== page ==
Seen Cooley High, Cried when Cochese Died...

Lauryn Hill never lied!
It’s been over 25 years since I saw Cooley High for the first time, and to this day, I still get a bit emotional when Damon lands the punch that ends Cochese’s life. It’s just one of those moments in Black cinema that will last forever. After a story that capsulated a great period of time, it was hard to not imagine Cochese as someone from your hood, I know I did. I knew that after he accepted that scholarship to Gambling University, he was going on to play in the ABA and then NBA, before becoming a sportscaster for the Nets. A kid can dream can’t he? However, Cochese’s dreams were snuffed out by a hater, a story all too familiar to those who grew up dreaming of escaping the clutches of the hood through a jump shot, a hot 16 or a quarter ki. That’s why we cried when Cochese died, we identified with his quest and part of us died with him.

Cooley High isn’t the only movie that gets to me and I’m sure it isn’t the only movie to get to you, so I’ve compiled a short list of movies and moments that have caused me to drop a tear or two and have a good, manly cry:

·         I had no idea who Laurence Fishburne was in 1983, but I knew Jamaal Wilkes or Keith, as he was still named at the time. Before he was filling the lane for Magic Johnson, he was starring as “Cornbread” in the 1975 classic Cornbread, Earl and Me, another aspiring ballplayer on his way out of the ghetto. However, a robbery, rainy day and mistaken identity, shattered that dream for Cornbread, Earl and Wilford (Fishburne). “They killed Cornbread!” was the cry after the young man was shot by police as he ran down the street with his basketball in one hand and soda pop in the other. “They killed Cornbread”, I cried to myself…

·        Pick a Denzel film. Denzel has had some real tearjerkers; From John Q, Remember the Titans, The Hurricane, The Great Debaters, even Man of Fire, all the way back to Glory, Denzel’s performances have pulled tears out of more than my eyes through the years. I know the women watch for another reason, but this man is excellent as bringing characters to life and making you believe you know him.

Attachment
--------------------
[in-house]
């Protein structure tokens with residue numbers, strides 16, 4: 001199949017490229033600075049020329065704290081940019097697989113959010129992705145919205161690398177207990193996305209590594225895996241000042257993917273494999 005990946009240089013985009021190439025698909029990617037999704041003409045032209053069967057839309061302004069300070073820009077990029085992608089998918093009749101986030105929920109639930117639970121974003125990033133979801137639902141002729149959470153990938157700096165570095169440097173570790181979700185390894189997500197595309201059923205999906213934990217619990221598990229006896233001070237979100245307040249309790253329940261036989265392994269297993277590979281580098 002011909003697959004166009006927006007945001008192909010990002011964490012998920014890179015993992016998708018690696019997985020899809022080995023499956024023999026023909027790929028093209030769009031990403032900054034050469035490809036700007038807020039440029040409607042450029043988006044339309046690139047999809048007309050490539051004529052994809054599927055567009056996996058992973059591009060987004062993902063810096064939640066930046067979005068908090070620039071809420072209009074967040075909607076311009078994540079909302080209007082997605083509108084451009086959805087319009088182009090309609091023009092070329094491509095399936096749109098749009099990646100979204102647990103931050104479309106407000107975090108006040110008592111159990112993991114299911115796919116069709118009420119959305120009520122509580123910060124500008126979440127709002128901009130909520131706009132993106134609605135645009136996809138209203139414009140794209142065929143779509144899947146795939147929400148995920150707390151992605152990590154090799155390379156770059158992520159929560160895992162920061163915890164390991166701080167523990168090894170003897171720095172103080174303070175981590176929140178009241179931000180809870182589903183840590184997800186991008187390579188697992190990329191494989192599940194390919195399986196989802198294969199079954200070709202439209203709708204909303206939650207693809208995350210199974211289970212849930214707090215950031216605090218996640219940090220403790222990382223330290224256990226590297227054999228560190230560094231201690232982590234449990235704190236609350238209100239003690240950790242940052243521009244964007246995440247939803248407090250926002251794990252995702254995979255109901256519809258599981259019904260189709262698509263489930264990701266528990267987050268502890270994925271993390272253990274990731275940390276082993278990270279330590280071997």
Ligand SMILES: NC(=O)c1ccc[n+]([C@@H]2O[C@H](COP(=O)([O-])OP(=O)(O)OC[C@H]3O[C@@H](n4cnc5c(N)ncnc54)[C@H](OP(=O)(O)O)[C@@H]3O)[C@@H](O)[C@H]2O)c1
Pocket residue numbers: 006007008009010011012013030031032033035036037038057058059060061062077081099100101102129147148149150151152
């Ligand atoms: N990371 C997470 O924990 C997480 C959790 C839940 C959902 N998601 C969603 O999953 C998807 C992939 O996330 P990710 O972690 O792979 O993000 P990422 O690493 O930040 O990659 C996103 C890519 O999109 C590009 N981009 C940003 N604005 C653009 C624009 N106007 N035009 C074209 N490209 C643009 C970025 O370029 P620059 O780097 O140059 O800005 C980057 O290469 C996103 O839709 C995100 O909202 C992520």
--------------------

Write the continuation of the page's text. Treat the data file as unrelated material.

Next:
The Color Purple is full of emotional moments; moments to make you angry, make you laugh, make you cry, make you hurt, but when Shug Avery bust through the doors of her Daddy’s church sanging “God is Trying to Tell You Something”, most people lose their minds. The movie, that scene specifically, was one of my grandmother’s favorites, so it has a special place in my heart.

·        I was 12-years old when my mother dropped me and my crew off at the theater to see Boyz N the Hood. Little did I know that a little over two hours later, I’d be frontin’ like I wasn’t crying after Ricky got shot. The silence in the theater rang louder than the shots that cut Ricky’s life short, followed by gasps, sobs and a few screams at the screen. No one watching that night anticipated Ricky being killed, Dough Boy yeah, but Ricky? Nah. Even worse than his best friend Tre witnessing his murder, was the fact that he had a son and qualifying SAT scores waiting at home for him, but he was caught in the crosshairs of South Central’s war against itself and John Singleton sacrificed him to bring clarity to how real it was on those streets.

That’s what great movies do; they draw us in, give us characters and stories to sympathize with and wrap our emotions around, before completely tearing us apart. I know a couple of you were in the theater that night Ricky died and have fallen victim to Denzel on more than one occasion and have lost your minds watching a few other movies, what are they?

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